And now I’ll ask whether or not Shades of Grey is an irreal novel, and, again, I’ll answer: yes and no.  Much is explained in typical science fiction style in the novel, and it doesn’t have the dreamlike quality that much irreal fiction displays. But in an irreal work there is always some key idea or element that can be seen as providing “many pointers toward an unknown meaning,” and in the case of Shades of Grey this element is color itself. In the world that Fforde creates, the ability to see color determines one’s social status, as I mentioned before, and the spectrum creates an ordered hierarchy with purple at the top. This hierarchy is then complicated by the existence of primary colors so that red isn’t simply at the bottom, but can also serve, when a red marries a blue, to bring forth offspring who can see the much-vaunted purple. As a result color is used in the novel to make obvious references to issues of class, and in a less obvious way to race (those who can see no color, the greys, are often forced to do long hours of menial work). But color in Shades of Grey points to meanings other than that. The swatchman is a kind of healer who uses color to help people overcome all sorts of health problems, and the right color can cure impotence or trigger ovulation. In addition, color can be used as a drug, can be addictive and even deadly. Color also represents the ultimate commodity in a world which, as a result of “leapbacks,” has a technology level similar to that of the early 20th century (there are still trains and Model T Fords but no radios). Color is prized and sought after; people of means colorize their gardens and custard puddings; communities look for ways to bring color into people’s lives; there are even treasure-hunting expeditions to find valuable objects from the time before the Something That Happened from which color can be extracted. In other words, color indicates wealth and success and confers an elite status like gold or diamonds do in our world. Owning a painting (a Vermeer or other work from the time before the Something That Happened) is such a privilege that the owner must allow anyone to come and look at the painting on request—in order to enjoy the colors. Because color is something more than the sum of all these parts, it does give an irreal edge to the novel, and the book also calls to mind some other recent works of British irrealism. I’m reminded of Ishiguro’s Never Let Me Go in which a group of never-quite-defined and identified beings are shockingly expendable and don’t realize their fate until it’s too late; of Magnus Mills’ Explorers of the New Century, in which a group of beings that serve as pack animals in an expedition are also treated as expendable, and we don’t find out until close to the end who they are; and of the Neanderthals in Fforde’s own Thursday Next series who have been brought back from extinction by genetic experiments and live in uneasy association with humans, doing menial work and not loving it (particularly since they are not able to reproduce). All of these works feature groups of sentient beings who are being pushed, with a minimum of fuss and a little humor and a great deal of disregard of rights, into a fate that seems to benefit others but not to benefit themselves. Maybe such depictions are becoming more common because they bear a resemblance to our own lives, but one thing that does prevail at the end of Shades of Grey is a kind of hope that Jane (a Grey) and Eddie (a Red) can work together to figure out what’s really going on in their world and to begin to change it to benefit all. Two sequels are promised, and if we’re lucky, we may see in future Shades of Grey novels the making of an irreal revolution.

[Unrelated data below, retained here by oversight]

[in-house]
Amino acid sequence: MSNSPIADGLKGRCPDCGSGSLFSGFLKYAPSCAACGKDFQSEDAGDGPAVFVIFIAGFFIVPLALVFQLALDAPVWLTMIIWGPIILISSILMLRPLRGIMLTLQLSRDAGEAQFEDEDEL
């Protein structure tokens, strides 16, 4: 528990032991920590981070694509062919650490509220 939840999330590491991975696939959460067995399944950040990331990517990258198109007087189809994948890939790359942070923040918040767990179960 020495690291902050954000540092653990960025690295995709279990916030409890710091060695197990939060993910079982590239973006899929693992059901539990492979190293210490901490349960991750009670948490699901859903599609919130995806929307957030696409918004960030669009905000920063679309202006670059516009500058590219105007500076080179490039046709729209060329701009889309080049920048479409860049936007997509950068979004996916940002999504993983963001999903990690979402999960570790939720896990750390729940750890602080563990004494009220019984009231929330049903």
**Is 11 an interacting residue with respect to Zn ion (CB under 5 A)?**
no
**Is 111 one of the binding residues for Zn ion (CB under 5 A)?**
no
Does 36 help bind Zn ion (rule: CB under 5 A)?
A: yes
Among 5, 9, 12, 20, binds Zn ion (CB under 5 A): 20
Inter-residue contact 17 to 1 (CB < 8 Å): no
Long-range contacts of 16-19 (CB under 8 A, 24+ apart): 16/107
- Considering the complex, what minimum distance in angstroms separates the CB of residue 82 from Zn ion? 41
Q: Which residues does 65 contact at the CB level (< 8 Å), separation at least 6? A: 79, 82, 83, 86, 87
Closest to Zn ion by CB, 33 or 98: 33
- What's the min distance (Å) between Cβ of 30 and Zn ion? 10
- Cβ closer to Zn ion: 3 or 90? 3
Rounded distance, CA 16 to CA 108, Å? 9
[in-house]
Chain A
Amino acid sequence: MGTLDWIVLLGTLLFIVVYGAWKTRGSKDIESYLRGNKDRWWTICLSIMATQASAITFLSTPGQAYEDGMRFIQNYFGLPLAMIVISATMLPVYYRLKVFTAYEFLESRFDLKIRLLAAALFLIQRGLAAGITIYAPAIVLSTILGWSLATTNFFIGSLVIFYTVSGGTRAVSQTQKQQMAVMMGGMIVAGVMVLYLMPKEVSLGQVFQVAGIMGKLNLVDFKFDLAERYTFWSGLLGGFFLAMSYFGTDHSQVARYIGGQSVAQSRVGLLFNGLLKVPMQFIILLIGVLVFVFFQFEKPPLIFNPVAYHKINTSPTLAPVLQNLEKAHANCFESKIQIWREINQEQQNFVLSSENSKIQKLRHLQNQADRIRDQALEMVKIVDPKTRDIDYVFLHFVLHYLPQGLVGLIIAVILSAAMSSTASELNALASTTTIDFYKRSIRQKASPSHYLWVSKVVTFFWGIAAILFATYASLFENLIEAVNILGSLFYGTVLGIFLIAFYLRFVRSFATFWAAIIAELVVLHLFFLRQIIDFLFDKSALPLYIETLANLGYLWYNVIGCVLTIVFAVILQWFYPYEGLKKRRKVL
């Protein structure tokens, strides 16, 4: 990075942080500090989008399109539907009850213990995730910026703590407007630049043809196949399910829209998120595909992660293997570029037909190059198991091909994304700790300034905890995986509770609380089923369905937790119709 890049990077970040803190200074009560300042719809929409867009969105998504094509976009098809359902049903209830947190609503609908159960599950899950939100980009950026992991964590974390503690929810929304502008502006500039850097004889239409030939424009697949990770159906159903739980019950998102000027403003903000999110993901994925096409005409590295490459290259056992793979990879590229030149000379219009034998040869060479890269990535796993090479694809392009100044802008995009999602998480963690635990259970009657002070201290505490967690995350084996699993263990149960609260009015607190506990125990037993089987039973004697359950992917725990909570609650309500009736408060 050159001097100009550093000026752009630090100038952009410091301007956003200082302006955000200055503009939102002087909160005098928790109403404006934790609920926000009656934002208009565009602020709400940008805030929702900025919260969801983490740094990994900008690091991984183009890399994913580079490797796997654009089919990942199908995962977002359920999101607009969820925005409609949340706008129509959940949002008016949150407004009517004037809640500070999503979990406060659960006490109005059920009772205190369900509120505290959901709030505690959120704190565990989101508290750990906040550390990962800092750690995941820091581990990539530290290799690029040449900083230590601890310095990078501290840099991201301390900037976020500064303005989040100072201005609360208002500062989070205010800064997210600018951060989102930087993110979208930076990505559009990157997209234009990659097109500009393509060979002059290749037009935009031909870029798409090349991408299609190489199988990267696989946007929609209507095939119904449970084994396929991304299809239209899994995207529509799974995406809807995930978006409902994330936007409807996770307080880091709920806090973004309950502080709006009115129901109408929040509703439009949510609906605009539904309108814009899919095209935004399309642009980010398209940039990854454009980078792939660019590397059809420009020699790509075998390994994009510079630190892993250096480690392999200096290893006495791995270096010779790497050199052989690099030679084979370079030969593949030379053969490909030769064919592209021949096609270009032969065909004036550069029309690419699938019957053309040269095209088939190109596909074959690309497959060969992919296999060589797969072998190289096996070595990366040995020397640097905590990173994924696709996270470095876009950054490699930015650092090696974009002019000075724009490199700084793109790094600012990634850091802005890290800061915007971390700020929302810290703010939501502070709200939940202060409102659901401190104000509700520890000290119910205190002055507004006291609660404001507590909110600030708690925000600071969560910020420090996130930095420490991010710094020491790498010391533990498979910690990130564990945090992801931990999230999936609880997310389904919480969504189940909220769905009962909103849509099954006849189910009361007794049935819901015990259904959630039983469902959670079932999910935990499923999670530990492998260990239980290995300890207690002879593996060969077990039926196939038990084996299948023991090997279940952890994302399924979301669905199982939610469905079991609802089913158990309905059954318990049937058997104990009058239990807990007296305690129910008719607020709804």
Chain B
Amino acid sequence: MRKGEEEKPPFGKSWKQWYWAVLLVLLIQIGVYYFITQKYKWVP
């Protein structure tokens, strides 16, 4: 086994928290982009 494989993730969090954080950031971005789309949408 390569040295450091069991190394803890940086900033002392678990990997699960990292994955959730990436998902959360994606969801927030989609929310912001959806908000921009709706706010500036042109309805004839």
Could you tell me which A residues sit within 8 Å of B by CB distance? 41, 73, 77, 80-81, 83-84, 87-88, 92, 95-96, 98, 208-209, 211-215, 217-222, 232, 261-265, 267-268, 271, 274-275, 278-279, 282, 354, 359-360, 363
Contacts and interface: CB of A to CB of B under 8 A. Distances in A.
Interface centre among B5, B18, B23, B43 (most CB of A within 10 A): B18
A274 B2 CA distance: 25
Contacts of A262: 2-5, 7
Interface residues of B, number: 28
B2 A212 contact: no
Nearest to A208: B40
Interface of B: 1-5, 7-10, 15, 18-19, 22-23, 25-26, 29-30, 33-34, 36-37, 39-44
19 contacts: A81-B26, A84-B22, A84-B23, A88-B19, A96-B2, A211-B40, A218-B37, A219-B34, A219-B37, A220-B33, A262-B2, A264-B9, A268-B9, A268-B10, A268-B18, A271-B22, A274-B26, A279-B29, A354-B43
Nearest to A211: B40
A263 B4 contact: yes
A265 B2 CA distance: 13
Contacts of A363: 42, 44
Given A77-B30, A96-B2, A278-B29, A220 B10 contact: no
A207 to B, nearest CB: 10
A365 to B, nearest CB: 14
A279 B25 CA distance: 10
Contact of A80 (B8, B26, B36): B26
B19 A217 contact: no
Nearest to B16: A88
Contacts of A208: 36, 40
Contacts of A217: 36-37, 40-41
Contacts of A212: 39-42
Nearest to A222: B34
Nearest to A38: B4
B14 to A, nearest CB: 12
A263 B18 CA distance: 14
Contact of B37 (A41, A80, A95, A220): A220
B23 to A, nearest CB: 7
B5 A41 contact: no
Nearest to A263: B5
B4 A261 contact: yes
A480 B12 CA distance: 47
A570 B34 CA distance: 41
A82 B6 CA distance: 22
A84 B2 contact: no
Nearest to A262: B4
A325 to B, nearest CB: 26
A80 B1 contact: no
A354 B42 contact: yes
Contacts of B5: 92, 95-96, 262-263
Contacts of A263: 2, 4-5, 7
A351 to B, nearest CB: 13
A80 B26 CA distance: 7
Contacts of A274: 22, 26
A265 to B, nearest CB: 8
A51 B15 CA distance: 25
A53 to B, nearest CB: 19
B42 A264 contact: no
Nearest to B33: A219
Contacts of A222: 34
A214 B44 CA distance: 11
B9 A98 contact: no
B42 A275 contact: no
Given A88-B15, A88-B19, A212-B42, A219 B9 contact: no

Flash fiction and the Irreal

[posted by Greg]